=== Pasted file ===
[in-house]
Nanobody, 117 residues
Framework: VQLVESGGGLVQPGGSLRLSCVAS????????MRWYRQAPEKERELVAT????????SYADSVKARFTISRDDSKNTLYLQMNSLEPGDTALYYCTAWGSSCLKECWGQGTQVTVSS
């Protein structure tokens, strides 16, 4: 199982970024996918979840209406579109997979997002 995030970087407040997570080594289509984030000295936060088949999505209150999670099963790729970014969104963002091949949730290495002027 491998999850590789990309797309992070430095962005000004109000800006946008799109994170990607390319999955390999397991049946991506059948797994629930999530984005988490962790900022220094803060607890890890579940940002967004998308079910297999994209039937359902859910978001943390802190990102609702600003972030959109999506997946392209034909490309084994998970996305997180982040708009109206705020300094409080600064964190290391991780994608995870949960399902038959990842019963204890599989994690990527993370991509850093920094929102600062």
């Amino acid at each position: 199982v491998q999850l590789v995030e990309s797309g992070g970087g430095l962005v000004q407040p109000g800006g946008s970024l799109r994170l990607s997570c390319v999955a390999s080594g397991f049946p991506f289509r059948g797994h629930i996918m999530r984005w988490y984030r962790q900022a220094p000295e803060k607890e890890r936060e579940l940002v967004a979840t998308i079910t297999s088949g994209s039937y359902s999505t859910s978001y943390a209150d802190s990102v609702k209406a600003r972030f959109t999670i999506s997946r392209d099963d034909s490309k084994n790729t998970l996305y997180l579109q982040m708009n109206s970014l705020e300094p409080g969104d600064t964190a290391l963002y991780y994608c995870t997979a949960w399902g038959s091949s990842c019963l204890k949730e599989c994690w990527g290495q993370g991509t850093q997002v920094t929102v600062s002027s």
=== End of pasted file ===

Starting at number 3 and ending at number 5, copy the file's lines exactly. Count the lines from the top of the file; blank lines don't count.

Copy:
Framework: VQLVESGGGLVQPGGSLRLSCVAS????????MRWYRQAPEKERELVAT????????SYADSVKARFTISRDDSKNTLYLQMNSLEPGDTALYYCTAWGSSCLKECWGQGTQVTVSS
């Protein structure tokens, strides 16, 4: 199982970024996918979840209406579109997979997002 995030970087407040997570080594289509984030000295936060088949999505209150999670099963790729970014969104963002091949949730290495002027 491998999850590789990309797309992070430095962005000004109000800006946008799109994170990607390319999955390999397991049946991506059948797994629930999530984005988490962790900022220094803060607890890890579940940002967004998308079910297999994209039937359902859910978001943390802190990102609702600003972030959109999506997946392209034909490309084994998970996305997180982040708009109206705020300094409080600064964190290391991780994608995870949960399902038959990842019963204890599989994690990527993370991509850093920094929102600062």
């Amino acid at each position: 199982v491998q999850l590789v995030e990309s797309g992070g970087g430095l962005v000004q407040p109000g800006g946008s970024l799109r994170l990607s997570c390319v999955a390999s080594g397991f049946p991506f289509r059948g797994h629930i996918m999530r984005w988490y984030r962790q900022a220094p000295e803060k607890e890890r936060e579940l940002v967004a979840t998308i079910t297999s088949g994209s039937y359902s999505t859910s978001y943390a209150d802190s990102v609702k209406a600003r972030f959109t999670i999506s997946r392209d099963d034909s490309k084994n790729t998970l996305y997180l579109q982040m708009n109206s970014l705020e300094p409080g969104d600064t964190a290391l963002y991780y994608c995870t997979a949960w399902g038959s091949s990842c019963l204890k949730e599989c994690w990527g290495q993370g991509t850093q997002v920094t929102v600062s002027s």